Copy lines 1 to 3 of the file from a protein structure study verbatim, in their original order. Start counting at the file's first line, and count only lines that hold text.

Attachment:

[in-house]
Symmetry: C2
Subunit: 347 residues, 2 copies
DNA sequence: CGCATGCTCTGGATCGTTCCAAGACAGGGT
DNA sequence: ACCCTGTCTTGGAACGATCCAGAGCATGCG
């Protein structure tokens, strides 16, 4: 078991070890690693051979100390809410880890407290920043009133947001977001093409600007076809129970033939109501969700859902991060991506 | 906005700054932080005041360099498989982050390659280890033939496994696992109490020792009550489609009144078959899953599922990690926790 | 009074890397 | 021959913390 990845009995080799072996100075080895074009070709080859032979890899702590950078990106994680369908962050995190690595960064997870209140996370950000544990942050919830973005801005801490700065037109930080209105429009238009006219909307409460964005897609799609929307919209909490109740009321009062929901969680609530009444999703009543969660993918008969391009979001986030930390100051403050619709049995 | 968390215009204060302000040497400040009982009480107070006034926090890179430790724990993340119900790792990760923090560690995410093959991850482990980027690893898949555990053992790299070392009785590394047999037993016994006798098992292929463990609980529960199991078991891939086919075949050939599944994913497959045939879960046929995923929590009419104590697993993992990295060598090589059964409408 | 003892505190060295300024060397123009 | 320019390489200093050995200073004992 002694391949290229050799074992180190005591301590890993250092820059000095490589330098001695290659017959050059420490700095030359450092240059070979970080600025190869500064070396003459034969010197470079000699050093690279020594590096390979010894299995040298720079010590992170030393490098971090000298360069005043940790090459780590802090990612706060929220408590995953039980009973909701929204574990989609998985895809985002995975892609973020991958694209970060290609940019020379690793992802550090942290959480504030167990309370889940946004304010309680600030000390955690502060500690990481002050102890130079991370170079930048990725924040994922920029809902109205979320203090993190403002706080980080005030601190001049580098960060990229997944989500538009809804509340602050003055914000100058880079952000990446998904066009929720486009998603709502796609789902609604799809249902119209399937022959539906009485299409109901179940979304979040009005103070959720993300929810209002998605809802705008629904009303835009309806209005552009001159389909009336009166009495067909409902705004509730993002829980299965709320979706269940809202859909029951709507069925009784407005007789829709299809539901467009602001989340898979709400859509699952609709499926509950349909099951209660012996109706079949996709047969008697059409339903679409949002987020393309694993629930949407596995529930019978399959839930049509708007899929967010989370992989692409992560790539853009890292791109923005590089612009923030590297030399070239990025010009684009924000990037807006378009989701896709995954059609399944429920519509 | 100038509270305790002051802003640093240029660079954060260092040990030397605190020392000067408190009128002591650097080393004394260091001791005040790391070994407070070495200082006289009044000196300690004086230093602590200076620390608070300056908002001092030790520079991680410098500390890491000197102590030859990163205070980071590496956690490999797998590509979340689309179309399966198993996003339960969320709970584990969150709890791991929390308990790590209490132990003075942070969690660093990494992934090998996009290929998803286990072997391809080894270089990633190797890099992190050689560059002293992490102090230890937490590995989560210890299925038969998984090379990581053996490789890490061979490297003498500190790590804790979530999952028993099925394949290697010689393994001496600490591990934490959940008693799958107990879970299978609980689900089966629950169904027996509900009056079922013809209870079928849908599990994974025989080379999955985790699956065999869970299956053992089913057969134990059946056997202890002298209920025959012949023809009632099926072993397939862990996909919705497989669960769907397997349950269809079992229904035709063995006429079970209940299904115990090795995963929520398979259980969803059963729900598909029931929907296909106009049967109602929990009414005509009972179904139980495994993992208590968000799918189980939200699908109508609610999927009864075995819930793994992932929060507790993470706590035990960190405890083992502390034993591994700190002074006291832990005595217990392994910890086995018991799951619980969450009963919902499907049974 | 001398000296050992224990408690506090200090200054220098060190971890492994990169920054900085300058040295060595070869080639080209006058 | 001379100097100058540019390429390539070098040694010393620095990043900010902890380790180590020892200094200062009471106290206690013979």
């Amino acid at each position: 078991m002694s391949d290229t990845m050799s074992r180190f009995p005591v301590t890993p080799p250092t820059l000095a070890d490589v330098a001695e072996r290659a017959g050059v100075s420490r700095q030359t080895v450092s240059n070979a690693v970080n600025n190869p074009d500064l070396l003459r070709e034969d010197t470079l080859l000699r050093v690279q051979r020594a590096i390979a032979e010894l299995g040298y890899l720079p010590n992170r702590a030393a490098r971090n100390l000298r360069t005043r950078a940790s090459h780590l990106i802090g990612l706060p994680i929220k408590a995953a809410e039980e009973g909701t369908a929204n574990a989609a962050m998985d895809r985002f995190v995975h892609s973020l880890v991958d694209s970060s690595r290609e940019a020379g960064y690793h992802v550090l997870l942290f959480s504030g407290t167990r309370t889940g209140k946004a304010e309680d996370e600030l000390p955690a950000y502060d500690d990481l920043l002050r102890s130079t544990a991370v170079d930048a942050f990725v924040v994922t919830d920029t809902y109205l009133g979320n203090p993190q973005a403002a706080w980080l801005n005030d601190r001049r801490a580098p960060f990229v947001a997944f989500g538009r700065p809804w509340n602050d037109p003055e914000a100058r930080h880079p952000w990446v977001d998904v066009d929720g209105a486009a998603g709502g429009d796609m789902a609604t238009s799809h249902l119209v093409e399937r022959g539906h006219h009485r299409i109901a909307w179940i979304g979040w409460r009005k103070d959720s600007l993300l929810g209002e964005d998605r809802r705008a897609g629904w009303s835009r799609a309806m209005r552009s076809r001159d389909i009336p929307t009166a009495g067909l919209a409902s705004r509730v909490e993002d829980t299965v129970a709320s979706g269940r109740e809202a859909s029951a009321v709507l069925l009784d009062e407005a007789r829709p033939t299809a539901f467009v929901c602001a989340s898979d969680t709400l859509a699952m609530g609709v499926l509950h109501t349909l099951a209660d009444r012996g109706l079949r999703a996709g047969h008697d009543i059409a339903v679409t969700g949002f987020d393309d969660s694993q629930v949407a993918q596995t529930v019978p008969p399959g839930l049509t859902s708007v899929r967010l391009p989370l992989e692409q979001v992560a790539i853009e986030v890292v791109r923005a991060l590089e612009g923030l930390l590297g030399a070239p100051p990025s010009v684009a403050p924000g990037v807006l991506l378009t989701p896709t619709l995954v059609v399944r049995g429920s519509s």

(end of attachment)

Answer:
[in-house]
Symmetry: C2
Subunit: 347 residues, 2 copies